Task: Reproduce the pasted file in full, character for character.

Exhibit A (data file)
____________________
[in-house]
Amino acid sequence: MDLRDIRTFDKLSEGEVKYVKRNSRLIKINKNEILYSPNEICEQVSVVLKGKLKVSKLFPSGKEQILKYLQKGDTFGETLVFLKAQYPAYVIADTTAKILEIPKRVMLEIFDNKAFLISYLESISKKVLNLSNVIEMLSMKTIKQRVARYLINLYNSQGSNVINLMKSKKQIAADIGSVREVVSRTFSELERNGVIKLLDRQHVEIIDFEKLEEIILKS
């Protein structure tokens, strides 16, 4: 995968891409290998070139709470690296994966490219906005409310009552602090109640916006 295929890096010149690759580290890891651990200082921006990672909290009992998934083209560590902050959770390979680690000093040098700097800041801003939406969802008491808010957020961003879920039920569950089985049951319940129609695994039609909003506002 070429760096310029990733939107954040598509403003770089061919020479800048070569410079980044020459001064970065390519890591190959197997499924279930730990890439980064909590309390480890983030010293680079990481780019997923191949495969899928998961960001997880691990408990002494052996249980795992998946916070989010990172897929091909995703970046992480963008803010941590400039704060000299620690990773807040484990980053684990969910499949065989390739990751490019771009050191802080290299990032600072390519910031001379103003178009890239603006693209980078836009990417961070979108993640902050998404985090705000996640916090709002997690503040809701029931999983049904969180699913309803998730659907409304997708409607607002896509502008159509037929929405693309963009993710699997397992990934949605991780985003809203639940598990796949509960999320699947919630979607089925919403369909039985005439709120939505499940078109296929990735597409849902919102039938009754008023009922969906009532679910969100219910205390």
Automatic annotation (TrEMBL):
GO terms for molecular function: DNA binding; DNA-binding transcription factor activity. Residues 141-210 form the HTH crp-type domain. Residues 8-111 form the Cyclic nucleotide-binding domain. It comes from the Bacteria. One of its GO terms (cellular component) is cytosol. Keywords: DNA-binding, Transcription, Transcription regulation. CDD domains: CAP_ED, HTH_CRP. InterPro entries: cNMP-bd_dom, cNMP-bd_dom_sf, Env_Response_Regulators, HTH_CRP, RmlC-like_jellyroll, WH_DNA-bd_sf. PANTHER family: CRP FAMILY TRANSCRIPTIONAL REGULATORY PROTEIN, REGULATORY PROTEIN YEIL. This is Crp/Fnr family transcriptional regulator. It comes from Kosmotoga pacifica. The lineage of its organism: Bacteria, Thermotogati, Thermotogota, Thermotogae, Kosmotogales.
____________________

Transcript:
[in-house]
Amino acid sequence: MDLRDIRTFDKLSEGEVKYVKRNSRLIKINKNEILYSPNEICEQVSVVLKGKLKVSKLFPSGKEQILKYLQKGDTFGETLVFLKAQYPAYVIADTTAKILEIPKRVMLEIFDNKAFLISYLESISKKVLNLSNVIEMLSMKTIKQRVARYLINLYNSQGSNVINLMKSKKQIAADIGSVREVVSRTFSELERNGVIKLLDRQHVEIIDFEKLEEIILKS
């Protein structure tokens, strides 16, 4: 995968891409290998070139709470690296994966490219906005409310009552602090109640916006 295929890096010149690759580290890891651990200082921006990672909290009992998934083209560590902050959770390979680690000093040098700097800041801003939406969802008491808010957020961003879920039920569950089985049951319940129609695994039609909003506002 070429760096310029990733939107954040598509403003770089061919020479800048070569410079980044020459001064970065390519890591190959197997499924279930730990890439980064909590309390480890983030010293680079990481780019997923191949495969899928998961960001997880691990408990002494052996249980795992998946916070989010990172897929091909995703970046992480963008803010941590400039704060000299620690990773807040484990980053684990969910499949065989390739990751490019771009050191802080290299990032600072390519910031001379103003178009890239603006693209980078836009990417961070979108993640902050998404985090705000996640916090709002997690503040809701029931999983049904969180699913309803998730659907409304997708409607607002896509502008159509037929929405693309963009993710699997397992990934949605991780985003809203639940598990796949509960999320699947919630979607089925919403369909039985005439709120939505499940078109296929990735597409849902919102039938009754008023009922969906009532679910969100219910205390």
Automatic annotation (TrEMBL):
GO terms for molecular function: DNA binding; DNA-binding transcription factor activity. Residues 141-210 form the HTH crp-type domain. Residues 8-111 form the Cyclic nucleotide-binding domain. It comes from the Bacteria. One of its GO terms (cellular component) is cytosol. Keywords: DNA-binding, Transcription, Transcription regulation. CDD domains: CAP_ED, HTH_CRP. InterPro entries: cNMP-bd_dom, cNMP-bd_dom_sf, Env_Response_Regulators, HTH_CRP, RmlC-like_jellyroll, WH_DNA-bd_sf. PANTHER family: CRP FAMILY TRANSCRIPTIONAL REGULATORY PROTEIN, REGULATORY PROTEIN YEIL. This is Crp/Fnr family transcriptional regulator. It comes from Kosmotoga pacifica. The lineage of its organism: Bacteria, Thermotogati, Thermotogota, Thermotogae, Kosmotogales.